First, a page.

England's heritage: Saving at risk listed buildings

 
41 Pilcher Gate, Nottingham​ Buildings at risk include the oldest residential house in Nottingham built between 1690 and 1700

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A national public body has announced plans to attempt to save England's Grade II listed buildings from the threat of neglect.

English Heritage (EH) is calling on members of the public to assess Grade II listed buildings in their area and flag up if they think they are falling into disrepair.

There are 345,000 Grade II listed buildings in England and the body has extended its Heritage at Risk Register to include these types of sites for the first time.

The list already covers Grade II buildings in London and Grade I and Grade II* buildings in the rest of England but the list is expected to increase as Grade II buildings account for 92% of all those listed.

Heritage treasury

Buildings already identified as "at risk" include the oldest house in Nottingham, a women only lido in Reading and a bomb store in Suffolk.

One of the watchtowers at the Suffolk bomb store A monument to the Cold War has been identified as at risk

EH was at the nuclear bomb facility at Barnham to launch the scheme.

John Ette, inspector of monuments for English Heritage, said: "We've always targeted Grade I, Grade II* and scheduled monuments, but this year we're targeting Grade II listed buildings via a series of pilot studies to extend what we're learnt.

"We're working with local authorities, building preservation trusts or owners to look at what we can do with the Grade II ones, so we'll try to do up to 15 pilot studies to see what we can learn."

Simon Thurley, chief executive of English Heritage, said: "Grade II buildings are the bulk of the nation's heritage treasury.

"When one of them is lost, it's as though someone has rubbed out a bit of the past - something that made your street or your village special will have gone."

To begin the project, EH has earmarked £250,000 to run the pilot surveys.

Start Quote

The whole thing depends on people's enthusiasm but people in England are very passionate about our historic buildings”

End Quote Edward Impey English Heritage

Edward Impey, director of heritage protection for English Heritage, said they would choose a diverse range of areas including urban, rural and those with higher economic challenges for the scheme which will run for a year.

EH staff have been redeployed in new Heritage at Risk teams in each of EH's nine local offices to work exclusively on supporting owners, developers, local authorities and volunteers in rescuing buildings so they can be removed from the list.

Case-by-case

Mr Impey said: "The point of the list is to catch things early - some Grade II buildings don't exist any more.

"We don't know how many buildings are at risk but our ambition is to assess them all and look at how many are deemed to be at risk.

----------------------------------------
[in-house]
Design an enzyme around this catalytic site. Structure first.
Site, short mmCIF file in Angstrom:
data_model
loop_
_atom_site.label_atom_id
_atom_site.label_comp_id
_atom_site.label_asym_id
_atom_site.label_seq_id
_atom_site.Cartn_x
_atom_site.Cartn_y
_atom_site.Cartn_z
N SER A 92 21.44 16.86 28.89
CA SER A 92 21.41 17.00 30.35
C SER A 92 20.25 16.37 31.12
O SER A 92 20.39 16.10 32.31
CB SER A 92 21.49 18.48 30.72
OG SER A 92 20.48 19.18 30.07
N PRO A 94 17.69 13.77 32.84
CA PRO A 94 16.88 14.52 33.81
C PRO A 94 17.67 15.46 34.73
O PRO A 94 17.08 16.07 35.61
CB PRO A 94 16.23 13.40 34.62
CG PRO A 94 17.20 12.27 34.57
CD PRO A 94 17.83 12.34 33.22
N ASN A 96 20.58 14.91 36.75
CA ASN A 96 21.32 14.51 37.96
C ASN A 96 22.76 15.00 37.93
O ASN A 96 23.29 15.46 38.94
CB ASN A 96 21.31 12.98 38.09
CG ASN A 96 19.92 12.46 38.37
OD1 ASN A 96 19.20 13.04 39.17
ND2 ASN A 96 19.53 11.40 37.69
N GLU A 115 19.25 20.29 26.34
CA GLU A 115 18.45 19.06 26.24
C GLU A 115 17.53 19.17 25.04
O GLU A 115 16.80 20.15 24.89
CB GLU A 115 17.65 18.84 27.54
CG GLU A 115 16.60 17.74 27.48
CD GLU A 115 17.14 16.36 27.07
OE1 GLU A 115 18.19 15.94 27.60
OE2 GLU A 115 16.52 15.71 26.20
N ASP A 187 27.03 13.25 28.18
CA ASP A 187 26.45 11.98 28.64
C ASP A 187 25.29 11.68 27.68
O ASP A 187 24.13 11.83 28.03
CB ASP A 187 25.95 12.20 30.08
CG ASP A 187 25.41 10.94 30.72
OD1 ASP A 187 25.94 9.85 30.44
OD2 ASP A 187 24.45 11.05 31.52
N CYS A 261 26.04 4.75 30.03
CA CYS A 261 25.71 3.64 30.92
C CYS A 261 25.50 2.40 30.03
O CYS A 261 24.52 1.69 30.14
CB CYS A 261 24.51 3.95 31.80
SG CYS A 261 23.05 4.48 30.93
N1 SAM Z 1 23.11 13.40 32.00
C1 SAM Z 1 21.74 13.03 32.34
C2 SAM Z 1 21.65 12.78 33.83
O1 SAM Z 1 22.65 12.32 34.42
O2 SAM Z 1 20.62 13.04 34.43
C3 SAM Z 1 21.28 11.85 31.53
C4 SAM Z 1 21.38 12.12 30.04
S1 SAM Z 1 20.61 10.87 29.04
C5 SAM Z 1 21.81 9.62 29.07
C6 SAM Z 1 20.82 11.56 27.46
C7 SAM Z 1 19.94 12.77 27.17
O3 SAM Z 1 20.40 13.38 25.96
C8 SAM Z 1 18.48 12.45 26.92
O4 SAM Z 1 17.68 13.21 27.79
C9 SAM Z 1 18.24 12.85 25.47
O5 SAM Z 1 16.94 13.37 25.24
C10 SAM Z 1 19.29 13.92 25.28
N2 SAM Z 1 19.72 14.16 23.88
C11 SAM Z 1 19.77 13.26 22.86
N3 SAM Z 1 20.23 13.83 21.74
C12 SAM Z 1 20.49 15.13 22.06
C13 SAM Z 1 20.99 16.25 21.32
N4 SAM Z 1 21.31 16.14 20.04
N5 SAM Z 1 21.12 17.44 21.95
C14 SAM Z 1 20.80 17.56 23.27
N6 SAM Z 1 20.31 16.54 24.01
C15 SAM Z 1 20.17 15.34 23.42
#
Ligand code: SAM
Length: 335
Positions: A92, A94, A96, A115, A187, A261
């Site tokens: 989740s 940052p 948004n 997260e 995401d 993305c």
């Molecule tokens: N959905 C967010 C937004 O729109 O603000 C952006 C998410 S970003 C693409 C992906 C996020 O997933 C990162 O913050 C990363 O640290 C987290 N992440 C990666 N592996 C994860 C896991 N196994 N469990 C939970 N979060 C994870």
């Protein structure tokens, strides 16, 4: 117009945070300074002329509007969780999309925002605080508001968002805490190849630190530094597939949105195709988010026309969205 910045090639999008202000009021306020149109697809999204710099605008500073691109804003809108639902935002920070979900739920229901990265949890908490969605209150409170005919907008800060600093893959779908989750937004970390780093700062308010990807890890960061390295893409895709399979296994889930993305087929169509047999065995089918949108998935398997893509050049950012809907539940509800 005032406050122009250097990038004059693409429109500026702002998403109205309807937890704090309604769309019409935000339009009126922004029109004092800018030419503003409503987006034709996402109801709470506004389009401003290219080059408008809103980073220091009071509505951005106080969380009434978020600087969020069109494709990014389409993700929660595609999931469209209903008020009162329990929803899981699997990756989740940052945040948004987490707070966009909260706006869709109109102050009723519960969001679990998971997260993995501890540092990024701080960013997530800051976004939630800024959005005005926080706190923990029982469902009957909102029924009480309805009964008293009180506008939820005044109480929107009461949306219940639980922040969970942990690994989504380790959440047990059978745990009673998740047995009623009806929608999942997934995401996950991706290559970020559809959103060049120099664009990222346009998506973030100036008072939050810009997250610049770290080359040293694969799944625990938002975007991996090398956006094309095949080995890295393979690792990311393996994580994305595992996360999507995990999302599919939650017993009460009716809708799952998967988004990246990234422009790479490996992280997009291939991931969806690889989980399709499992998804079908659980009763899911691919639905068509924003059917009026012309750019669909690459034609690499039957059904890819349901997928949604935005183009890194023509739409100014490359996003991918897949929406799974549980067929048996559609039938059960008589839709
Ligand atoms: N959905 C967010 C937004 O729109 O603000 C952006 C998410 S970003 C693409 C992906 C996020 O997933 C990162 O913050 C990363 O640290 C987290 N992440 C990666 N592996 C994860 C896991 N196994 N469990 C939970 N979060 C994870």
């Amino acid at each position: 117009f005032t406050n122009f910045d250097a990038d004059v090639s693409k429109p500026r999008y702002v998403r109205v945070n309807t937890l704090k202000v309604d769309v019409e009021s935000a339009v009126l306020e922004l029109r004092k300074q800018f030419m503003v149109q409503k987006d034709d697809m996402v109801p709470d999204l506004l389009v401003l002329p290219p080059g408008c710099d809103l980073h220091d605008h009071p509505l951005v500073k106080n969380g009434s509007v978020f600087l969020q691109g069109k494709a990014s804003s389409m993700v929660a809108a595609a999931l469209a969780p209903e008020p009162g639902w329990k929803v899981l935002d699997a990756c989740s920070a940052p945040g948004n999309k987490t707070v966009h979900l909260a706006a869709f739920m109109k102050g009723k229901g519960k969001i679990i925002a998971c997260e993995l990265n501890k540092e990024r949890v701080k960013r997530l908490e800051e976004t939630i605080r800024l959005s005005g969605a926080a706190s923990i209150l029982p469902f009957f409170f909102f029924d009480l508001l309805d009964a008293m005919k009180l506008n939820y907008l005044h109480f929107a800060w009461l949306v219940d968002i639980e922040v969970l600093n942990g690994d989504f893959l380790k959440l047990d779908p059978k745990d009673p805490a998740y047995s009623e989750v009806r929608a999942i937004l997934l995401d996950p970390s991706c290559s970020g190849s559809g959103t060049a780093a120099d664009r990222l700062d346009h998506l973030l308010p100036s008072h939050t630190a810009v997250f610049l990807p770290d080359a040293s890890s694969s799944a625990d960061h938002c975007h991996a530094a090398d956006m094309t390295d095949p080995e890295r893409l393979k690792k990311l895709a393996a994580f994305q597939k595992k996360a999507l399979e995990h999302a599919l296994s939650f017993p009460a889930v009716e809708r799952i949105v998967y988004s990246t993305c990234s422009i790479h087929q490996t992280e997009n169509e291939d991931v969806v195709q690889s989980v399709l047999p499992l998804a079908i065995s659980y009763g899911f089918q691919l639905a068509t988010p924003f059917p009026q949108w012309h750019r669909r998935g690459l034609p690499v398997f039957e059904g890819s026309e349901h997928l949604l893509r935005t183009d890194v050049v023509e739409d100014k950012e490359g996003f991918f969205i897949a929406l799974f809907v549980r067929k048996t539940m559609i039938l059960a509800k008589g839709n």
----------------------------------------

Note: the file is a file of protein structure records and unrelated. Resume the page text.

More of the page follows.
"The first thing we need to know is their condition on a case-by-case basis."

EH will publish an assessment guide online so people can review a building from the outside and gauge if it is at risk.

He said: "We'll ask them things like: 'Is it occupied, has it got broken windows and plants growing out of the gutters?'."

Once a building is submitted it will be assessed by English Heritage who will work with funding bodies and local authorities and groups to try to put together a restoration programme.

Site owner Keith Eldred in front of s storage kiosk Not all of the at risk sites are traditional buildings

But EH will not be able to fund all of the work - the body has seen its own budget cuts from £30m in 1999 to £12.5m.

And while in the past developers might repair a building knowing they could sell it and recoup their costs, the "conservation deficit" has rocketed during the recession.

From 2007 to 2012 the deficit - which is the shortfall between the cost of repairs and the money an owner could expect to recoup from the market value of a repaired property - increased from £330m to £423m. The average deficit per site rose from £267,000 to £366,000.

But Mr Impey said despite budgets being squeezed he still believed people were interested in saving buildings.

"Its difficult for local authorities because they are very hard pressed and there are fewer conservation staff but that doesn't mean the will isn't there," he said.

"English Heritage funds have diminished too but there are other sources of money and people are very good at raising money.

"The whole thing depends on people's enthusiasm but people in England are very passionate about our historic buildings."

 

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  • rate this
    +1

    Comment number 27.

    We can't save everything. We need to look to the future more than the past.

  • rate this
    +1

    Comment number 26.

    There is a place for heritage preservation and for uniform planning laws. What we have at the moment though is a gigantic insane hidden tax on the cost of living in this country. If we are going to insist on spending large amounts of money on hundreds of thousands of buildings of dubious merit then the money should come from a public fund. Chose dying of cancer rather than knocking down old stuff?

  • rate this